The West Sussex-based Goodwood Motor Circuit originally opened its gates to the public on September 1948 to host Britain’s very first post-war motor race meeting at a permanent venue.
Twelve years earlier, Goodwood’s very first motor sport event was staged when a hill climb meeting was held for a small group of pre-war Lancia enthusiasts, hosted by the 9th Duke of Richmond, Freddie March.
The origins of the Goodwood track derive from an ex-military airfield. RAF Westhampnett, named after the village bordering Goodwood, served as a Battle of Britain base during the War and was the station from which RAF legend Sir Douglas Bader flew his last sortie.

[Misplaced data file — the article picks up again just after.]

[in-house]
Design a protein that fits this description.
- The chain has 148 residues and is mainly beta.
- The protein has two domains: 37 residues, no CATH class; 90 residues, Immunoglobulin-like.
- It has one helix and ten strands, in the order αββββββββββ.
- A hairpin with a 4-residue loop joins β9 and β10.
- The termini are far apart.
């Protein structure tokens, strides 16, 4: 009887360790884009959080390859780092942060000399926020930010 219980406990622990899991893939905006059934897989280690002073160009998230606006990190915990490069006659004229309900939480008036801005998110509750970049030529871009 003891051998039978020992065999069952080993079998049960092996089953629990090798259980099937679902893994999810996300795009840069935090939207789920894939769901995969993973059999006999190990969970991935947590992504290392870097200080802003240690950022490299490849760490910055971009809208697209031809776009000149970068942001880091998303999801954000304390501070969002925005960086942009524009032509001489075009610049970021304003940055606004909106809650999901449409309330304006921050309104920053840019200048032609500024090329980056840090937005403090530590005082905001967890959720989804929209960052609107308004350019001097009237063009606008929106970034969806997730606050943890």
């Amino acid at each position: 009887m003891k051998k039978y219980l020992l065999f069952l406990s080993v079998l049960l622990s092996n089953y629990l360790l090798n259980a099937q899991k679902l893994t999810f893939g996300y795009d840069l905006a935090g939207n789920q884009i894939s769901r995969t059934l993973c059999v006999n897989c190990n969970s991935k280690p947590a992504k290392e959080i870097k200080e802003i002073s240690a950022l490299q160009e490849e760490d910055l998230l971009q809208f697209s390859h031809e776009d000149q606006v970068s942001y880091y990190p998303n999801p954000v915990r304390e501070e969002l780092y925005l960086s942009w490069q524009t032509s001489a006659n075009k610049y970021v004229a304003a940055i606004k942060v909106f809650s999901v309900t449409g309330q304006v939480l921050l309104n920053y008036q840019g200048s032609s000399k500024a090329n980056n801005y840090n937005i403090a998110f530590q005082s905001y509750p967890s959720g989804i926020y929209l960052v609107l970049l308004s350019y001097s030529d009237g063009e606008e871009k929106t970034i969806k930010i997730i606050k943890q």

On 18 September 1998, exactly 50 years to the day since the Goodwood circuit first opened, the 9th Duke’s grandson, the present Earl of March, re-enacted the opening of the track at the very first Goodwood Revival meeting in the same Bristol 400 that his grandfather had used half a century earlier on the same track, untouched by the modern world.
Prior to the first Revival meeting in 1998, the circuit was painstakingly restored to look exactly as it did in its heyday, down to the very last detail. Goodwood’s other famous motor sport event, the Goodwood Festival of Speed, was established in 1993 and has gone on to become the world’s largest celebration of motoring culture. Staged in summer in the grounds of Goodwood Park, the Festival attracts the best drivers and vehicles on the planet, including most of the current Formula 1 teams, plus Le Mans winners, racing motorcycles, supercars, and much more besides.